Anonymous said...

This is another reason why I'd love a more open clinical trials process. I'm very interested in the reason that the data was pulled from the site in question. Glycopeptides must be administered very carefully or inflammation can occur at the injection site, as happened with oritavancin in 2003 but was later shown to be caused by too rapid an administration and can also occur with vancomycin.
I have to say that I kind of pity the FDA (*gasp*) because if there is any kind of a large scale MRSA outbreak they will really get it from the public for not approving newer antibiotics more quickly, on the other hand examples like ketek are putting pressure to take more time in reviewing all the data.

You know if all the data was more readily available to the public, then professionals such as yourselves could weigh in on concerning issues instead of all the responsibility lying with the FDA....just a thought.

Anonymous said...

Drewaight, as you probably know, Study Investigators at the clinical sites must adhere to the study protocol in order for the data to have integrity and validity. Many times data is pulled simply because they did not do this. Not doing so may change the interpretation of the data. This happens and needs to be brought to the company's attention. And the company's study monitors need to be trained to spot this when they do regular site reviews (IF they do them at all). It is poor science- and business - when when you need the FDA to highlight these errors. As well as suspicious. The companies are in charge of attesting to the validity under which the study was performed. They even even sign-off as to the validity of the data when they submit it to the FDA.

Kudos to Sen. Grassley. I find the whole matter beyond suspicious.

Cole Werble said...

Drewaight makes a good point about the need for more openness in the process.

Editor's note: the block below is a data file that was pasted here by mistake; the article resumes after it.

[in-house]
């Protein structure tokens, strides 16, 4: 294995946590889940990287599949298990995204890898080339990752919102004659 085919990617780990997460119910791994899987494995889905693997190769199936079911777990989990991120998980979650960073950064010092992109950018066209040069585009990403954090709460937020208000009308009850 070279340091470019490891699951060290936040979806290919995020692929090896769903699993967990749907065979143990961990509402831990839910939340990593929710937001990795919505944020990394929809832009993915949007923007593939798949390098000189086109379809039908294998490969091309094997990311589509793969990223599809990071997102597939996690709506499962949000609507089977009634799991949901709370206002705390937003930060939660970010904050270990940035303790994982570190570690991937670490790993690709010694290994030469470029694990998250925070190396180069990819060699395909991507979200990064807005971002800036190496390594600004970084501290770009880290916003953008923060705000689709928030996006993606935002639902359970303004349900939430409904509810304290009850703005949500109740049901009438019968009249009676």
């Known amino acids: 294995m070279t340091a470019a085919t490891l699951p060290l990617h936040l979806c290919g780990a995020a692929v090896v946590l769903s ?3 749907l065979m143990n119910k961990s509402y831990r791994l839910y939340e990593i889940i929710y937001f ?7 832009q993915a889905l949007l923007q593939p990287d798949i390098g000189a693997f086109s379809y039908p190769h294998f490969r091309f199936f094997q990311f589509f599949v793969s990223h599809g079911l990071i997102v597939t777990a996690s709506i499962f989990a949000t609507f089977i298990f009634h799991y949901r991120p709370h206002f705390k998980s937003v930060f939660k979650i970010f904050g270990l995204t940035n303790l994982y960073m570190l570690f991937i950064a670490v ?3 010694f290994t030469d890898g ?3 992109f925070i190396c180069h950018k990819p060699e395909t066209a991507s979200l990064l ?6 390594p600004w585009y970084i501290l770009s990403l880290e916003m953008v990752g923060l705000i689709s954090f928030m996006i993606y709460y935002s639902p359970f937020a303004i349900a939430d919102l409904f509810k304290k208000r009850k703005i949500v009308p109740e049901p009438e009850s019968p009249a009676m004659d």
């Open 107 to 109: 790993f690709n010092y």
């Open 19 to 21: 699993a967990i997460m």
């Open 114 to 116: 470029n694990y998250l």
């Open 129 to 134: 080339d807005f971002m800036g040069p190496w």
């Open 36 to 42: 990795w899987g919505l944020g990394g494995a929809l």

FDA is heading there and probably will speed up in that direction in 2009.

The public disclosure of clinical trials and data submitted to FDA called for by the new FDA Amendments Act will create new opportunities for checking into all types of situations -- including allegations of data integrity problems. Which site had the problems? Who was the primary CRO for the trial?

More public attention to the who and how of the study may also begin to assuage the skeptical (suspicious) attitude of "anonymous".

Thanks for the comments.

Anonymous said...

(posting anonymously since I have a trial under way myself)

It's hard for me to understand how to manage a trial under these circumstances (as stated -- there may be more context I don't realise).

In any complex trial there will always be protocol deviations. Nobody wants them to pollute the dataset.

It seems to me that if your remaining n is high enough that you still have a sufficient p value for all the arms you shouldn't be penalised for this[*]. You still should de metaanalysis on the deviations (perhaps, as drewaight said, it points to an unanticipated difficultly of administration), but if nothing is apparent, then go ahead.

Seems like an analysis like this should be no different from the analysis of SAEs. Having one site out of 20 that generated all of the study's deviations seems little worse than a patient struck hit by a board falling of a construction site.

It might be possible to get around this by writing some handstand CYA language into the protocol. Although that would help drug development, it would be a disaster. If the protocols become legally-driven rather than scientifically-driven ... ugh, I don't like to think where that would lead.

[*] Yes, I know that's a hairy problem since the trial is still blinded, but hardly intractable.